In the spring of 1964, in an asphalt meadow in Queens, New York, mothers in Laura Petrie dresses, fathers in “Mad Men” suits, and kids in thrall to their sci-fi dreams boarded a ride called Futurama for a seven-minute trip to the next century.
With its limitless faith in material and social progress (the official motto was “Peace Through Understanding”), the 1964-1965 New York World’s Fair was in many ways the apex of the American Century. The General Motors Pavilion—shaped like a ’64 Cadillac Fleetwood with soaring tail fins—was just one of dozens of government- and corporate-sponsored exhibits that aimed to show a tomorrow-scape of rocket-packs and picture phones, an expanding cosmos of commerce and transportation (the day the fair opened, the first Ford Mustang was unveiled).
For 10 cents a ticket, fair-goers could watch the film To the Moon and Beyond inside the Cinerama Spacearium 360. They could marvel at Ford Motor Company’s Magic Skyway and Kodak’s Magic Moondeck. And in Space Park, they could see NASA’s real-life rockets up close, at a time when astronauts were taking the first steps into the cosmos.
“There’s a great big, beautiful tomorrow, shining at the end of every day,” visitors were promised by Walt Disney’s Animatronic robots gliding through General Electric’s Carousel of Progress. Over two six-month seasons, more than 51 million people visited the fair.
But tomorrow turned out to be not so easily predictable. It was the year the Beatles came to America and Cassius Clay changed his name to Muhammad Ali. While President Lyndon B. Johnson delivered the welcoming speech on the fair’s opening day, April 22, 1964, the chants of civil rights protestors could be heard. By the time the World’s Fair closed—having lost money—in October 1965, America had changed, and so had its view of the future.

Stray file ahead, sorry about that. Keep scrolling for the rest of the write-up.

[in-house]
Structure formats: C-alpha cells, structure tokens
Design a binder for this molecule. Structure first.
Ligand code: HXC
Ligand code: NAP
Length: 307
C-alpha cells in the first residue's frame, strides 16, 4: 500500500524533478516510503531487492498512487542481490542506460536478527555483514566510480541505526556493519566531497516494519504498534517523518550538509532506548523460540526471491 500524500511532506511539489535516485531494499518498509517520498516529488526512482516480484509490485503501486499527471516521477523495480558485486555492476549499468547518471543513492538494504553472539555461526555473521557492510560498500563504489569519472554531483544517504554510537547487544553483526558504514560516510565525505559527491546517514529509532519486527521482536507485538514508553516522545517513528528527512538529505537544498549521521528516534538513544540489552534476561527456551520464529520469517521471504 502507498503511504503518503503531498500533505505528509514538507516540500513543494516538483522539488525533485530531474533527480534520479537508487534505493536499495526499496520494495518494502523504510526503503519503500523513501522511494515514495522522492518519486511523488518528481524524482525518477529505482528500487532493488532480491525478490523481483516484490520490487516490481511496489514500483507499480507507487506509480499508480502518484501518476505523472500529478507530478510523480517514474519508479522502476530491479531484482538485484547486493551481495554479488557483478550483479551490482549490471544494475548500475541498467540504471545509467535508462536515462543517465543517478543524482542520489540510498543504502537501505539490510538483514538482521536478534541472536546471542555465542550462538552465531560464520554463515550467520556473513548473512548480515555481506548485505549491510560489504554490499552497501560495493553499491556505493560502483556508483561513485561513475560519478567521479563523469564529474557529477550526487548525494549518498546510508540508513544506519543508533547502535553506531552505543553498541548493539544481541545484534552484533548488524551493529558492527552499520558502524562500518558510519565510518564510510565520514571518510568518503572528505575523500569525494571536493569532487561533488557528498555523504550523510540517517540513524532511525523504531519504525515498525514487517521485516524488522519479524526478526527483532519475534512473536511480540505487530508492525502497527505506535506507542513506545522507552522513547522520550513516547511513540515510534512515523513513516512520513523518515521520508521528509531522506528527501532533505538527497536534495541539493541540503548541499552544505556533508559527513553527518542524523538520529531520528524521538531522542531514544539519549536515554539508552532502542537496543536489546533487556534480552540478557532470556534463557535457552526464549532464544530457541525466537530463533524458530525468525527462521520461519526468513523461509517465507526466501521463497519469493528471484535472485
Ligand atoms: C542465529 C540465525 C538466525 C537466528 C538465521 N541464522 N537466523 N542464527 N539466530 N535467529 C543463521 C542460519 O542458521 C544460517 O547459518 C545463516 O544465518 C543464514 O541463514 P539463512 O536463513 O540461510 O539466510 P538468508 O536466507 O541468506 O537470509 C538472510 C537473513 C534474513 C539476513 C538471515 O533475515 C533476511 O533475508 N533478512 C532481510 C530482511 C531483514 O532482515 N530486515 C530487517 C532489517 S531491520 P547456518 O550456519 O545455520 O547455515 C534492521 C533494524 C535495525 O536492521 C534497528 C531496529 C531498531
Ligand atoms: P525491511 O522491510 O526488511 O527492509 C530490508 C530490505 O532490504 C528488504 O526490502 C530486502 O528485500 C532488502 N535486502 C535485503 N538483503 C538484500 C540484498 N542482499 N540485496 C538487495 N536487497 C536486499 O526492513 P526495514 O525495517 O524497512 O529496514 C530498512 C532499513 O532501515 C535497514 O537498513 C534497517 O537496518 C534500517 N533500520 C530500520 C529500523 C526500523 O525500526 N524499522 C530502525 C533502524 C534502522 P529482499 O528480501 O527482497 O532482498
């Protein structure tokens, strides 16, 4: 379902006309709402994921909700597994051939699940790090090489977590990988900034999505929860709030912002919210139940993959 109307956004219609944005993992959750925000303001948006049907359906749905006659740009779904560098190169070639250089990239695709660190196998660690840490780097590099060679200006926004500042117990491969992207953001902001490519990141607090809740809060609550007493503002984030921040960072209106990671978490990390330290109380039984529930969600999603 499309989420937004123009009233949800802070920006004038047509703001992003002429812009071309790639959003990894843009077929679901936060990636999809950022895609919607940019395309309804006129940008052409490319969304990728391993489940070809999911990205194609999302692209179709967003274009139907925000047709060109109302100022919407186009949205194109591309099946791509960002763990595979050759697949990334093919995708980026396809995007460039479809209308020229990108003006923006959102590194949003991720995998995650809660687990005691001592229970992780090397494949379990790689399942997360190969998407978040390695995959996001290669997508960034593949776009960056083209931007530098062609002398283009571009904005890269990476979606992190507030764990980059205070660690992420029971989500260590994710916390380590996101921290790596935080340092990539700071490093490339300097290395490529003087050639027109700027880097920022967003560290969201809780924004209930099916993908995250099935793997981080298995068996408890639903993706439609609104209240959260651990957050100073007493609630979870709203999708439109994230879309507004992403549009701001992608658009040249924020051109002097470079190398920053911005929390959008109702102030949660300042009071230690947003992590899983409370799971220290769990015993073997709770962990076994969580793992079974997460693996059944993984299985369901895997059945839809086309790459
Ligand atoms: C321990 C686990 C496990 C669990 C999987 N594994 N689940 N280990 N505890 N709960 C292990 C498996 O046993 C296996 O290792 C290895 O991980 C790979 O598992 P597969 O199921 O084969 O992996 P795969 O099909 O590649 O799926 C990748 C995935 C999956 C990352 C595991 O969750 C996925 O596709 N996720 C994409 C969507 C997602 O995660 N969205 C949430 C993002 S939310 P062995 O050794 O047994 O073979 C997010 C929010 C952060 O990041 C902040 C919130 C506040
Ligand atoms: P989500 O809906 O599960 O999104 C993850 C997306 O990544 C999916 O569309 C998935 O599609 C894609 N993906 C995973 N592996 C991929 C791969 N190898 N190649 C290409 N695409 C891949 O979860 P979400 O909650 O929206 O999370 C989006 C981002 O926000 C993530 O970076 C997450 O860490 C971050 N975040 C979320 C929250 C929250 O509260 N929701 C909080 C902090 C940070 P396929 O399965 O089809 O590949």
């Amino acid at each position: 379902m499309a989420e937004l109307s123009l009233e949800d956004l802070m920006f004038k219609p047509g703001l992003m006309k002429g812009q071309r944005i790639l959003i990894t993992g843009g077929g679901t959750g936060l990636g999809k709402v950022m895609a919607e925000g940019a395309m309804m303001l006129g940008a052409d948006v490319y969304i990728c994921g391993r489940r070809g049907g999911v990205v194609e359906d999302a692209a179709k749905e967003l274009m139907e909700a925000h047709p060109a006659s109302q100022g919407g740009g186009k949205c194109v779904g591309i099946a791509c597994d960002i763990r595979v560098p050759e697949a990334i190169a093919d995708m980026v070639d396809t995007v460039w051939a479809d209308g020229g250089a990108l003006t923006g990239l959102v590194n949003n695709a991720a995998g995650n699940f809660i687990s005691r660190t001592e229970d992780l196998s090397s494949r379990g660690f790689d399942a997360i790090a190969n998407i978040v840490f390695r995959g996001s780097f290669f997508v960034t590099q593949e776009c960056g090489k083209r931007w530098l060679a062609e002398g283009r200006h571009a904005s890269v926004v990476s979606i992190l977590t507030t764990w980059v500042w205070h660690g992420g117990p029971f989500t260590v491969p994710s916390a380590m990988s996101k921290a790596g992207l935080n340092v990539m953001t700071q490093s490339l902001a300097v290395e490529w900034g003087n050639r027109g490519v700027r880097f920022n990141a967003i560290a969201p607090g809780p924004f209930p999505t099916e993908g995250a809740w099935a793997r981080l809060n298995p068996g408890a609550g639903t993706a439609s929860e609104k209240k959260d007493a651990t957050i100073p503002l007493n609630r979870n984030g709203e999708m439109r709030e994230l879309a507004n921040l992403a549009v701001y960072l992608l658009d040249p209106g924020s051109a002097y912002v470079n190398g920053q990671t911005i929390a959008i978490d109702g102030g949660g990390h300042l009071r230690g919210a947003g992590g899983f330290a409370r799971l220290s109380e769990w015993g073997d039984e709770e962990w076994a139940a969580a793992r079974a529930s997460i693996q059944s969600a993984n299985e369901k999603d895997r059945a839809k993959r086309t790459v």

Someday We'll All Have These
“In ten years, maybe less, some of you will be up here flying with me,” promised high-flying Robert F. Courter Jr. of the Bell Aerosystems Corporation, who performed three times daily in Leon Leonidoff’s Wonderworld spectacular at the fair’s 10,000-seat (but often nearly empty) Lake Amusement Area amphitheatre.
With his 125-pound jet pack providing a maximum of 21 seconds of air time, Courter’s specialty was to lift off, orbit the globe-like Unisphere, and land in the arms of Broadway star Chita Rivera.
Courter made hundreds of jet-pack flights during the fair, and for 25 years thereafter. A former P-51 Mustang combat pilot during the Korean War, he died in 2013.
Say hello to a real-live spaceman
On May 1, 1964, the American who had spent more time in space than all other U.S. astronauts combined paid a visit to the fair. Gordon Cooper’s destination was Space Park, an outdoor display next to the Hall of Education. There, visitors could see dozens of real and mocked-up U.S. launch vehicles, satellites, and spacecraft on loan from NASA. Among them were Scott Carpenter’s heat-scarred Aurora 7 capsule and a replica of the S-IC first stage of the Saturn V, the launcher that would send the first astronauts to the moon four years later. It was “very important” for the United States to be first to the moon, Cooper said at Space Park, “as a matter of national prestige.”
Land of wonders
At Futurama, travelers rode past deserts rendered fertile by irrigation from the distant sea; through jungles tamed by super-freeways; past the skyscraping City of the Future; and, of course, to the moon.
In those days, Jim Pirkl was a young draftsman seconded from GM’s Frigidaire appliance division to help plan the Futurama exhibit. “We didn’t think it was the impossible dream,” Pirkl, 83, recalls today. “Farming the jungles? We’d go in with big machines, clear the jungles, and grow food for mankind. Irrigate the deserts and provide food? We could do that too.
“Man on the moon? We made models where people would vacation on the moon and live in space capsule motels. It was a very, very optimistic time.” Pirkl went on to become one of America’s most distinguished industrial designers and chair of the Department of Design at Syracuse University.
Robert Renfro, now professor emeritus of architecture at the University of Texas in Austin, also worked on the City of the Future and other fair exhibits. “The concepts were not guided; they were my own speculation,” he says. “We read a great deal about landing on the moon and the kind of things that could happen there. Unfortunately, what we really lacked was a visionary like Ray Bradbury or Buckminster Fuller. All our people came from car styling.”